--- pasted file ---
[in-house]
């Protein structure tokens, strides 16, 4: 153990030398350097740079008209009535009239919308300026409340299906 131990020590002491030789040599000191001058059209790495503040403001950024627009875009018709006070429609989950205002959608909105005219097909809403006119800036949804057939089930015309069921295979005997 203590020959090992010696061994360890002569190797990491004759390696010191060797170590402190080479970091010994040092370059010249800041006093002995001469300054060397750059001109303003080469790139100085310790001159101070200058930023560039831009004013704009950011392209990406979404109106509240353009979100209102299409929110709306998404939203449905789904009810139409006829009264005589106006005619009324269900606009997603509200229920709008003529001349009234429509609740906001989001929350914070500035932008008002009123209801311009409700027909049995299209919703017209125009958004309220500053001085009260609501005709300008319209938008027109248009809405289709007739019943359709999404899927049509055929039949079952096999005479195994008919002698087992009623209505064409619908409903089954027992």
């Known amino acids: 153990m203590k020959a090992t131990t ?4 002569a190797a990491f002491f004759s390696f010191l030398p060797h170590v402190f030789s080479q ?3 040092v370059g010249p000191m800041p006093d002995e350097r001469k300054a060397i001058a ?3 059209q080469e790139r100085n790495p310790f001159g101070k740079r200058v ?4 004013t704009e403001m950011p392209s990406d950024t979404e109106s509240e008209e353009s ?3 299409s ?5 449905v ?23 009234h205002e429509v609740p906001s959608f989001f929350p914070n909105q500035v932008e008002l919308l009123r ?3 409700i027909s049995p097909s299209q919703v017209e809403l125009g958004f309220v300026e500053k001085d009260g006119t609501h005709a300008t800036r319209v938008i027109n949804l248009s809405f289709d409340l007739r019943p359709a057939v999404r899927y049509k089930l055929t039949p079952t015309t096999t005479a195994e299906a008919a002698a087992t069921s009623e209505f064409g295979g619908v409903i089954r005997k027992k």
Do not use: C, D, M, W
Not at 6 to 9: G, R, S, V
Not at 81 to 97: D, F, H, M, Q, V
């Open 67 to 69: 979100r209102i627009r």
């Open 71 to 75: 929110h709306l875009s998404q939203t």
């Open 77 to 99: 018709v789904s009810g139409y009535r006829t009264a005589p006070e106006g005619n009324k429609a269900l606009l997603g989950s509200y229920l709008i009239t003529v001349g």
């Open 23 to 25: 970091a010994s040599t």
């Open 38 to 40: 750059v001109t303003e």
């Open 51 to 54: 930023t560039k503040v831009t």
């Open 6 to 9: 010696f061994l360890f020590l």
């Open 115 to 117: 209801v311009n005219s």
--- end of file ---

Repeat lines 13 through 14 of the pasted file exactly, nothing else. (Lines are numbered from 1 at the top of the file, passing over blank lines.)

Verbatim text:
């Open 6 to 9: 010696f061994l360890f020590l």
């Open 115 to 117: 209801v311009n005219s």